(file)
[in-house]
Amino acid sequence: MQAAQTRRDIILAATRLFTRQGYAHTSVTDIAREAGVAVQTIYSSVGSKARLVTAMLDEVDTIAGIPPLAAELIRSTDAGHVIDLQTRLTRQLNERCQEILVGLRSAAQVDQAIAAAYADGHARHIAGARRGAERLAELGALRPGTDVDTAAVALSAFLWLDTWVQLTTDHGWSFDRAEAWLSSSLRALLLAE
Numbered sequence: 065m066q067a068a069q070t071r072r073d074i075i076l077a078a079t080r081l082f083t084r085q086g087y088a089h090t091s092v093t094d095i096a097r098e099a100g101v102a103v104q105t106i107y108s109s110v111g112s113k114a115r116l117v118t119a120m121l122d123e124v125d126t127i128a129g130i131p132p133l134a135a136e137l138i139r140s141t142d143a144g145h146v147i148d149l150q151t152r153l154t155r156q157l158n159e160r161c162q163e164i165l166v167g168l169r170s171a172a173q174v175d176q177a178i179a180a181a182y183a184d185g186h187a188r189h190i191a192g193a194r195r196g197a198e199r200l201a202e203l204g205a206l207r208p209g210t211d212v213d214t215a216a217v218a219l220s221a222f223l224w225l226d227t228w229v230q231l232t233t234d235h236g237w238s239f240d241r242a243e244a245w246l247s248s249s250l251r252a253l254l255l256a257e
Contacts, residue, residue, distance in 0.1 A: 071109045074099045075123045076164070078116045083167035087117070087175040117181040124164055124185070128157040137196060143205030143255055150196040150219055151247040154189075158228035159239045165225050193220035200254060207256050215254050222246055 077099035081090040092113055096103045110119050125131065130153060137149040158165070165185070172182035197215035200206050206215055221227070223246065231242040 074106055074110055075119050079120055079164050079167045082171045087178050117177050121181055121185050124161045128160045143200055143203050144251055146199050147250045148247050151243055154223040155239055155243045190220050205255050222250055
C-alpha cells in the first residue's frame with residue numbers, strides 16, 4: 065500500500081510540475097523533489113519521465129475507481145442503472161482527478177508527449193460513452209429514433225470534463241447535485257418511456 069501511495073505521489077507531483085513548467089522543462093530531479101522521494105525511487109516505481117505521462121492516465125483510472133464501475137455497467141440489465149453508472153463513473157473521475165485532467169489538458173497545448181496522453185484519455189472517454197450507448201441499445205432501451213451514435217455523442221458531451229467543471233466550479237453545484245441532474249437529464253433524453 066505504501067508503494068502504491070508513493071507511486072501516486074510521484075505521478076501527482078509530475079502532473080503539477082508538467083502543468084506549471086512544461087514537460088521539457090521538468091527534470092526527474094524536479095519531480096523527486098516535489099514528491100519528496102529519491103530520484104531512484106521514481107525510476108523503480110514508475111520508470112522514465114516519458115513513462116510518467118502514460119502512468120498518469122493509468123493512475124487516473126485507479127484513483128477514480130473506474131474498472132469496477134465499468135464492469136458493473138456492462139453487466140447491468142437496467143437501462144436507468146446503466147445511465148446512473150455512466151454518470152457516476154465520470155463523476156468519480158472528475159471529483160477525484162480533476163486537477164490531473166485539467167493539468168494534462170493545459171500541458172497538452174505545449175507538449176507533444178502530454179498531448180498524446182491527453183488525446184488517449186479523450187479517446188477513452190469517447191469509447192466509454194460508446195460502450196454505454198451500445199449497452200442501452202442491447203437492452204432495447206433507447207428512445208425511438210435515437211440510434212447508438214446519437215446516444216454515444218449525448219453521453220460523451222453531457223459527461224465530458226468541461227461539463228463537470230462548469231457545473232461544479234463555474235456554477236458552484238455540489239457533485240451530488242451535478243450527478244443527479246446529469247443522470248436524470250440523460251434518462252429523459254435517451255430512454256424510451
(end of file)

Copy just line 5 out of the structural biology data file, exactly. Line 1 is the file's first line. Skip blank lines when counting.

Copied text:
C-alpha cells in the first residue's frame with residue numbers, strides 16, 4: 065500500500081510540475097523533489113519521465129475507481145442503472161482527478177508527449193460513452209429514433225470534463241447535485257418511456 069501511495073505521489077507531483085513548467089522543462093530531479101522521494105525511487109516505481117505521462121492516465125483510472133464501475137455497467141440489465149453508472153463513473157473521475165485532467169489538458173497545448181496522453185484519455189472517454197450507448201441499445205432501451213451514435217455523442221458531451229467543471233466550479237453545484245441532474249437529464253433524453 066505504501067508503494068502504491070508513493071507511486072501516486074510521484075505521478076501527482078509530475079502532473080503539477082508538467083502543468084506549471086512544461087514537460088521539457090521538468091527534470092526527474094524536479095519531480096523527486098516535489099514528491100519528496102529519491103530520484104531512484106521514481107525510476108523503480110514508475111520508470112522514465114516519458115513513462116510518467118502514460119502512468120498518469122493509468123493512475124487516473126485507479127484513483128477514480130473506474131474498472132469496477134465499468135464492469136458493473138456492462139453487466140447491468142437496467143437501462144436507468146446503466147445511465148446512473150455512466151454518470152457516476154465520470155463523476156468519480158472528475159471529483160477525484162480533476163486537477164490531473166485539467167493539468168494534462170493545459171500541458172497538452174505545449175507538449176507533444178502530454179498531448180498524446182491527453183488525446184488517449186479523450187479517446188477513452190469517447191469509447192466509454194460508446195460502450196454505454198451500445199449497452200442501452202442491447203437492452204432495447206433507447207428512445208425511438210435515437211440510434212447508438214446519437215446516444216454515444218449525448219453521453220460523451222453531457223459527461224465530458226468541461227461539463228463537470230462548469231457545473232461544479234463555474235456554477236458552484238455540489239457533485240451530488242451535478243450527478244443527479246446529469247443522470248436524470250440523460251434518462252429523459254435517451255430512454256424510451